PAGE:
Ten other Assembly Democrats made similar payments identified as campaign expenses, all of which they identified on their reports but none of which were reported by the caucus.

The unreported contributions from lawmakers total more than $122,000.

The first 2010 caucus report did reflect nearly $110,000 in contributions from other individuals and entities, and was signed by Oceguera on May 31.

The caucus’ 2009 annual report covering activity during the off-election year shows a similar situation, with nearly $90,000 in payments from Assembly Democrats not included. Again, Oceguera and other Assembly Democrats reported expenses to the caucus that were not reported as contributions on the caucus annual report.

A review of the dates of the 2009 contributions shows that over $17,000 was sent by lawmakers to their caucus during a blackout period when the organization cannot accept contributions.

Members of the Legislature as well as their political caucuses are prohibited from accepting contributions starting 30 days before a regular legislative session to 30 days after the end of a session according to Nevada law.

Oceguera said because the expenses identified by lawmakers are reimbursements, they do not fall under the contribution prohibitions.

Contributions or expenses in excess of $100 must be reported by candidates and caucuses as well as political action committees.

The reporting issues have come up just as candidates are in the final days of the hotly contested 2010 campaign. Assembly Democrats are trying to keep their 28-14 supermajority, while Republicans are seeking enough seats to take away their two-thirds edge.

Las Vegas City Manager Says Management Not Subject to Same Hours and Pay Reduction, Forced Furloughs as City Workers

By Elizabeth Crum | 7:14 am October 28th, 2010

At least one City of Las Vegas union member is not too happy this week, evidenced by my receipt of a rather pointed email which had attached to it an email sent Tuesday to executive/salaried city employees by city manager Betsy Fretwell.

You may recall that recently the Las Vegas City Employee Association agreed to a 38 hour work week with a two hour reduction in pay. In addition, forced furloughs during Christmas week dictated that city employees cannot take leave in order to make up the loss in pay.

In the email below, the city manager appears to deliver to the executive staff the good news that city management will not be subject to the same two hour reduction in pay as hourly city employees. Fretwell also informs management they may use leave to cover the  holiday furlough days if they so choose.

Here is the first page of the email containing the information above:

LV City email to execs 10 26 10

Big Race Blurbs

By Elizabeth Crum | 8:16 pm October 27th, 2010

A few recent items of interest in the three big races from the Nevada page of Battle ’10, where I know many (but not all) of you have been following me since August, Dear Readers:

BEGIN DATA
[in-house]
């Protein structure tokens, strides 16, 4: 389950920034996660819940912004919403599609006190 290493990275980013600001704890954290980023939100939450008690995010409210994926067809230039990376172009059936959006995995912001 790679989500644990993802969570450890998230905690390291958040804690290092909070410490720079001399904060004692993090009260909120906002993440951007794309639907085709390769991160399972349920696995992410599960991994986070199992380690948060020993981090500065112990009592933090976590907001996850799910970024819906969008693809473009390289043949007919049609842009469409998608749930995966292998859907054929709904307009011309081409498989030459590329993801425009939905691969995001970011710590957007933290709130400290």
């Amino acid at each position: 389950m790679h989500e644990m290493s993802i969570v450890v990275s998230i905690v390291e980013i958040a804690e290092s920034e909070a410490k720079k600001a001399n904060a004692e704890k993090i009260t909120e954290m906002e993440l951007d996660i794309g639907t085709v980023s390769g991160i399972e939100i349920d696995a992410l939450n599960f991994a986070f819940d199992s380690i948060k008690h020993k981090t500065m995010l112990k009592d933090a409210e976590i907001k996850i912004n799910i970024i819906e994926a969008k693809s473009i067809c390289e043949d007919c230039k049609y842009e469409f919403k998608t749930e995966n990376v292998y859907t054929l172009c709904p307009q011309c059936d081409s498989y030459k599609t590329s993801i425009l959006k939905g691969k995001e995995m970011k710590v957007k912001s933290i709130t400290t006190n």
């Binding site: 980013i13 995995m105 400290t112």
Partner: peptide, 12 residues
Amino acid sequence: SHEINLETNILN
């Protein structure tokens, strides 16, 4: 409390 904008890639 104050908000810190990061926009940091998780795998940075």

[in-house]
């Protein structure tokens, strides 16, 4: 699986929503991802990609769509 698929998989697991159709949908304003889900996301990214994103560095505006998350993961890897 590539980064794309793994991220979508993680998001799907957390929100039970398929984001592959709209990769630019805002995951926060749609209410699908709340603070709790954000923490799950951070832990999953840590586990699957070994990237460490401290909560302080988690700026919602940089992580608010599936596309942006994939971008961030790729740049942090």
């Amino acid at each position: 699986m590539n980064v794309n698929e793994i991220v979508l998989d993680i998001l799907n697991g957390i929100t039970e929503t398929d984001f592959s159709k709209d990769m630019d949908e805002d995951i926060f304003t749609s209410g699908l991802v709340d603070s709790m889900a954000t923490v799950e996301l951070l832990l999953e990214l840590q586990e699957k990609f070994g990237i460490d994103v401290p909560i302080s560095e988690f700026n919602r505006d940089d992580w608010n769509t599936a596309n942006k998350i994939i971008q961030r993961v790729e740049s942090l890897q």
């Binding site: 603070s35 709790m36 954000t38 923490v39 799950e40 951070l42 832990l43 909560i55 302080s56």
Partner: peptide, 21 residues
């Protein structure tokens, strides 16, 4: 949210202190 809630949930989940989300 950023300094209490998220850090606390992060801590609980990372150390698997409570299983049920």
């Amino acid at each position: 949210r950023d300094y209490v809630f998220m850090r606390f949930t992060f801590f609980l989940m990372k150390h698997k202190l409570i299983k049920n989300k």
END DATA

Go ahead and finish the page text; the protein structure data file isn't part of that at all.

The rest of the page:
Senate

  • The expected GOP surge started Monday and continued yesterday. Will it continue?
  • The attorney for the Sharron Angle campaign says she is gathering details in preparation for a complaint to the Secretary of State’s office regarding alleged shennanigans related to voting and polling locations. Will it have teeth?
  • Secretary of State Ross Miller had a press conference today to address all the recent concerns and allegations, including those listed in a 44-page document from the Nevada Republican party. Will this quiet the calls for investigations?
  • Even if this is true, voters can change their choices on voting machines before they advance to the next screen. They can also review and change their votes before they cast their final ballots. (Make sure you review your votes!)
  • Sharron Angle sent flowers and a thank you note to Joy Behar after remarks made ABC’s “The View.”
  • John McCain will join Sharron Angle at a get-out-the-vote rally at the Orleans in Las Vegas this Friday night. Michael Reagan and actor Jon Voight will also be there.
  • The AFL-CIO has been lending a hand to Harry Reid.
  • Who is sending anonymous mailers supporting Scott Ashjian?
  • If you missed Newt Gingrich’s recent visit, we’ve got some good (short) video clips.

House

  • The Joe Heck campaign said the most recent television ad from Team Titus means she is getting desperate.
  • A source inside the Heck campaign today suggested that Dr. Heck would be glad to discuss the matters raised in the ad if his accusers were willing to sign away their HIPPA (medical privacy) rights. As it stands, he is unable to defend himself because he is prohibited from doing so by law.
  • A little bird told me Sheriff Gillispie was none too happy about the ad, either.

Gov

  • Rory and Sandoval debated last night. Both candidates did well and there were some good zingers. Sandoval finally gave voters something on his intentions for the budget — namely, roll back to 2007 spending — but one cannot call it a “plan.” Rory is the man with the plan. One that will soon be collecting dust, the way the polls are looking.

For those who have asked (complained, chided), yes, I’ll be getting back into the swing of things here at the blog — recently rebranded as E!!Politics, as you can see up top — so please check back soon.

And please make sure you are catching my political segments on Channel 13 Action News every Tuesday and Friday at 6:20-ish. We’ll be doing an elections special this Friday at 8 p.m. as well.

Nevada Secretary Of State Says No Evidence Of Vote Fraud

By Sean Whaley | 11:06 am October 27th, 2010

RENO – Secretary of State Ross Miller said today there have been no complaints filed with his office about suspicious voter activity despite email rumors and media accounts that at least some electronic voting machines are pre-programmed to support U.S. Senate candidate Harry Reid, D-NV.

Miller, holding the first of two media briefings on the allegations, urged anyone seeing a violation of election or voting law to file a formal complaint with his office so it can be investigated.